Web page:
Diets high in refined sugars, sweeteners, and simple carbohydrates are often responsible for the onset of depleted good bacteria, inflammation and, eventually, inflammaging - inflammation that is so severe it causes premature ageing of the body’s cells. Higher than average intake of alcohol, sugar and refined white carbohydrates has been shown to cause the premature development of fine lines and wrinkles, to negatively impact mood and increase self-reported anxiety and depression levels.
Artificial sweeteners in particular, and specifically those that contain aspartame, have been linked to a reduction in the number of good bacteria present, and in depleted overall gut health. In fact, artificial sweeteners may actually be doing more harm to your gut than actual added sugars, and exacerbating the rate at which ageing of the cells occurs, in the process.
Clinical studies have been able to establish a stronger link between artificial sweeteners and a depleted microbiome than they have between refined white sugar and a depleted microbiome. Furthermore, artificial sweeteners were more closely correlated to an elevated risk of developing diabetes than was refined white sugar. If that’s enough to persuade you away from the sugar-free syrups and diet colas, we don’t know what is.
Good sugar alternatives include honey (particularly high-grade manuka honey) and applesauce. Mashed bananas can also be used to sweeten breakfasts, smoothies and cakes or blended from frozen to make a one ingredient ice cream which tastes surprisingly good and has the desired texture. Honey, apples and bananas all contain prebiotic compounds so are great swaps if you’re looking to improve your gut health whilst steering clear of the very things that might upset its balance.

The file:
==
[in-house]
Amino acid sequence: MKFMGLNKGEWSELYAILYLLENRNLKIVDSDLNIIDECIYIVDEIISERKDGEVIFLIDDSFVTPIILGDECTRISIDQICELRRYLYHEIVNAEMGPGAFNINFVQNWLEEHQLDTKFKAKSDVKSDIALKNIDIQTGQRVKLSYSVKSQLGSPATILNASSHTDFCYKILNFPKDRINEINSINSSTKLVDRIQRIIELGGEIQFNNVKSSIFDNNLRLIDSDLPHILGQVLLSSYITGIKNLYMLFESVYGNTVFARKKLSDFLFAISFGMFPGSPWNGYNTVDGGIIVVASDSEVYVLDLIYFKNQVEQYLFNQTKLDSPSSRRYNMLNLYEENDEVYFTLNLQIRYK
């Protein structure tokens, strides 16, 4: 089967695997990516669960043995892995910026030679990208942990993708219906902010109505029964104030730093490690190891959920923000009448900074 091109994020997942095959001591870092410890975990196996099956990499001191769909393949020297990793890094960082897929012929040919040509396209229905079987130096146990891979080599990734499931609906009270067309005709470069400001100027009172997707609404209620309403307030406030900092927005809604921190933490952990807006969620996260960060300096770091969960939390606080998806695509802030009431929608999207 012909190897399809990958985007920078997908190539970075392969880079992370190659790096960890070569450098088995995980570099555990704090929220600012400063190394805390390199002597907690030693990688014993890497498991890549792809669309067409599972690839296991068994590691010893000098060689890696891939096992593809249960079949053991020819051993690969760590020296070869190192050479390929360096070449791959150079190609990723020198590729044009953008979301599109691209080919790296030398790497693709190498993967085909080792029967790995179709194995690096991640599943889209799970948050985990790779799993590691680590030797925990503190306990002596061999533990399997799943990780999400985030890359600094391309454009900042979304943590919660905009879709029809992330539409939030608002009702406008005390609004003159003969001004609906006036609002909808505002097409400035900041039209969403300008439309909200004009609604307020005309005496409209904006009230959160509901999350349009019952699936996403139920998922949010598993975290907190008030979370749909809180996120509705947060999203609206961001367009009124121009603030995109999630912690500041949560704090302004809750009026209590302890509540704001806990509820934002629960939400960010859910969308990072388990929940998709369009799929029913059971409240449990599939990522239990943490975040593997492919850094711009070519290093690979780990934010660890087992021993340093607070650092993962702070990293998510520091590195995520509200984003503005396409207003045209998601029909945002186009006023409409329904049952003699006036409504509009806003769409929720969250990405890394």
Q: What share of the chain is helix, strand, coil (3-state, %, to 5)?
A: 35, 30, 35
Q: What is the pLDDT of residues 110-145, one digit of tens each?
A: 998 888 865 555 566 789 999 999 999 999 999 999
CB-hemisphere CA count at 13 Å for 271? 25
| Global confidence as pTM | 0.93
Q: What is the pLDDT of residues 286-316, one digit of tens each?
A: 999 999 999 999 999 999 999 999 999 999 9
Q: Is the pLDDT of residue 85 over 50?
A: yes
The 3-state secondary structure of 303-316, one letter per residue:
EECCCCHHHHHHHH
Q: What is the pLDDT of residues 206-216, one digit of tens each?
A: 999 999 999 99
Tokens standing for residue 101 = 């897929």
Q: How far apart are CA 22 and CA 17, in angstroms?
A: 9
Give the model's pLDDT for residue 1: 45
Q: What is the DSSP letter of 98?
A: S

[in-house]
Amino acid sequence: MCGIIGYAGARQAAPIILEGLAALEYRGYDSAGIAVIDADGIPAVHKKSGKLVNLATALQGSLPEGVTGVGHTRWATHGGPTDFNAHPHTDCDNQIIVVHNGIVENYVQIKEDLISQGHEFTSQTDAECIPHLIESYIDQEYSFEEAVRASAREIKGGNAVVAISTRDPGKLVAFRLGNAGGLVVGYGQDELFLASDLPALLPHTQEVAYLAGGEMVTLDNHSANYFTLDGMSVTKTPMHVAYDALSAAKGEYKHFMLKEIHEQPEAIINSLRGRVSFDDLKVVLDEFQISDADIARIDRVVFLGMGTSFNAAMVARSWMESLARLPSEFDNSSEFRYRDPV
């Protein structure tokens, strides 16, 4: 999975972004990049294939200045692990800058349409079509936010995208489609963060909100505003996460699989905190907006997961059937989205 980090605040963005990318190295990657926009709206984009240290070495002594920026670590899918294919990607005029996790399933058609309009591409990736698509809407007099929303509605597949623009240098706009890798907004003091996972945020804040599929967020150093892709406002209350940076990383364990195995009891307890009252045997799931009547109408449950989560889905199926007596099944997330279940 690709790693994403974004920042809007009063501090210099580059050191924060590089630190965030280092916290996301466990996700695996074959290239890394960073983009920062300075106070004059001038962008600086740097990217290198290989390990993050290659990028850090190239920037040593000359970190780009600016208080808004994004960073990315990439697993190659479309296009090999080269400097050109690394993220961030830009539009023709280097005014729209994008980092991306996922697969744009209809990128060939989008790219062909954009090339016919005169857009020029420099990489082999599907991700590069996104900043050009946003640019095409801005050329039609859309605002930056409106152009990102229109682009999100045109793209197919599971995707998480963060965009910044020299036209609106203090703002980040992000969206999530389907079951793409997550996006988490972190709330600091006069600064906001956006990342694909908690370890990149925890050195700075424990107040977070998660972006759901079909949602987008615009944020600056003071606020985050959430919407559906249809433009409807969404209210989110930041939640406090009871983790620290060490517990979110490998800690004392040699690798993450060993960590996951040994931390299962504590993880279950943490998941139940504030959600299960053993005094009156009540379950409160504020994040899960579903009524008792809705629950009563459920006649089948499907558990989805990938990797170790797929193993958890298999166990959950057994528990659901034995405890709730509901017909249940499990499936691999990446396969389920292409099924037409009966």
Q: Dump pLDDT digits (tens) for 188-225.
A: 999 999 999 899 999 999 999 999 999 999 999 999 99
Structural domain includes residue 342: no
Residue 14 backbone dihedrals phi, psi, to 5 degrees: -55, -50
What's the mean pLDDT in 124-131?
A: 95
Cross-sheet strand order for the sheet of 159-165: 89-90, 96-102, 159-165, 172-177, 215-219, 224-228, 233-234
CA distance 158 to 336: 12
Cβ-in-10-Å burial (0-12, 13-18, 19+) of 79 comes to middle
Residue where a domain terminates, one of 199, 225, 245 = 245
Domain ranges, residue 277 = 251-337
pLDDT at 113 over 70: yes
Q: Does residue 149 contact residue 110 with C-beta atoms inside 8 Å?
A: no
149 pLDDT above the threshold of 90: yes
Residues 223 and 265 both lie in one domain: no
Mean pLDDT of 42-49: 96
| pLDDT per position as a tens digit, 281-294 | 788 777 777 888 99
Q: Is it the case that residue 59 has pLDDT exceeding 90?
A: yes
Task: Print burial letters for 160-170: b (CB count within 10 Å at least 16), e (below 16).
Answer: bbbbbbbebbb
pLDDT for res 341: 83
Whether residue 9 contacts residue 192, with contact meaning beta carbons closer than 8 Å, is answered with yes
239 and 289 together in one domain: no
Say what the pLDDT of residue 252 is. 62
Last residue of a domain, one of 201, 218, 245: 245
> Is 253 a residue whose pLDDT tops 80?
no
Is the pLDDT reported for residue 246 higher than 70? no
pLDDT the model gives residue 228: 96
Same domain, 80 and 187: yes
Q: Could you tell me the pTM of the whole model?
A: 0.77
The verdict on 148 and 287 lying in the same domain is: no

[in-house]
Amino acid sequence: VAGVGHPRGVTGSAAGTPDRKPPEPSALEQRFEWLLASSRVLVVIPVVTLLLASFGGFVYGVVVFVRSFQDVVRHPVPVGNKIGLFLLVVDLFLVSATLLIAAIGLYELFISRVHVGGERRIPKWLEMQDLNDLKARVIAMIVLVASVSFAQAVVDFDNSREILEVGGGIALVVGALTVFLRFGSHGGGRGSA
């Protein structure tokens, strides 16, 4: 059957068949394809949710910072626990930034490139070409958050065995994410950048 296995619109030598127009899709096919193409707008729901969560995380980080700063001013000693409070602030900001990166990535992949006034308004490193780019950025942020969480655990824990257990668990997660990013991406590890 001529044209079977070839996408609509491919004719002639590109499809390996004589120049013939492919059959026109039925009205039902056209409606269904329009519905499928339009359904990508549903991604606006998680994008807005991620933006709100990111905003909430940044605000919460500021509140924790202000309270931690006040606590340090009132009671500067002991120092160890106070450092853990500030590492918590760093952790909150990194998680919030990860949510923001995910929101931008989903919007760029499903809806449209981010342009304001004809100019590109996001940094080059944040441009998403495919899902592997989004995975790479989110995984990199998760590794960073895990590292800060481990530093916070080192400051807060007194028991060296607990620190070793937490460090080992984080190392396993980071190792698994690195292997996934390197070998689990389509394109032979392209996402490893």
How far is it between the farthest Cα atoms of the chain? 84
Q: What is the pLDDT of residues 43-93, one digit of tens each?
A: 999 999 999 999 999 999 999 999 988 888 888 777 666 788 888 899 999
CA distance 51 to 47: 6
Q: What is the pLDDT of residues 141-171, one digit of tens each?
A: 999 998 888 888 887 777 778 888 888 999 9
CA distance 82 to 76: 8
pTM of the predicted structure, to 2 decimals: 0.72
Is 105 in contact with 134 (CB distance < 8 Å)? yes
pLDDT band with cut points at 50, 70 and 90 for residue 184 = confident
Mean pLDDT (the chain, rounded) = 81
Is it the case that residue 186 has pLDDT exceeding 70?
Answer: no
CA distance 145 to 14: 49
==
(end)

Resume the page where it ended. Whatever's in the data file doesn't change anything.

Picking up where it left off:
Try to keep your alcohol consumption within the low to moderate range as heavy alcohol consumption can encourage the overgrowth of bad bacteria whilst simultaneously reducing the population of good bacteria. Aim to have a night off once in a while, and ideally don’t drink two nights in a row. A great idea is to substitute your usual gin and tonic for something equally delicious so that you don’t feel deprived. A gut-healthy swap for your usual tipple would be sipping on an ice-cold kombucha - kombucha comes in so many flavours you’re bound to find one you love, plus it has the added bonus of providing a healthy dose of probiotics.
Gut health is at the very core of our overall wellbeing. Without good gut health, the rest of our health - mental, physical and emotional - will surely suffer. And this could not be more relevant or true than for women who are in the midst of perimenopause, or of menopause itself.
Ageing is perceived as an inevitable downward spiral to poor health, but this does not need to be the case. By taking the necessary steps and precautions your health can flourish as you grow older. LYMA contains three of the most vital patented ingredients to support you as you age and our formula has been credited for helping older people to reclaim their health and wellbeing, leaving them feeling better than they ever thought possible.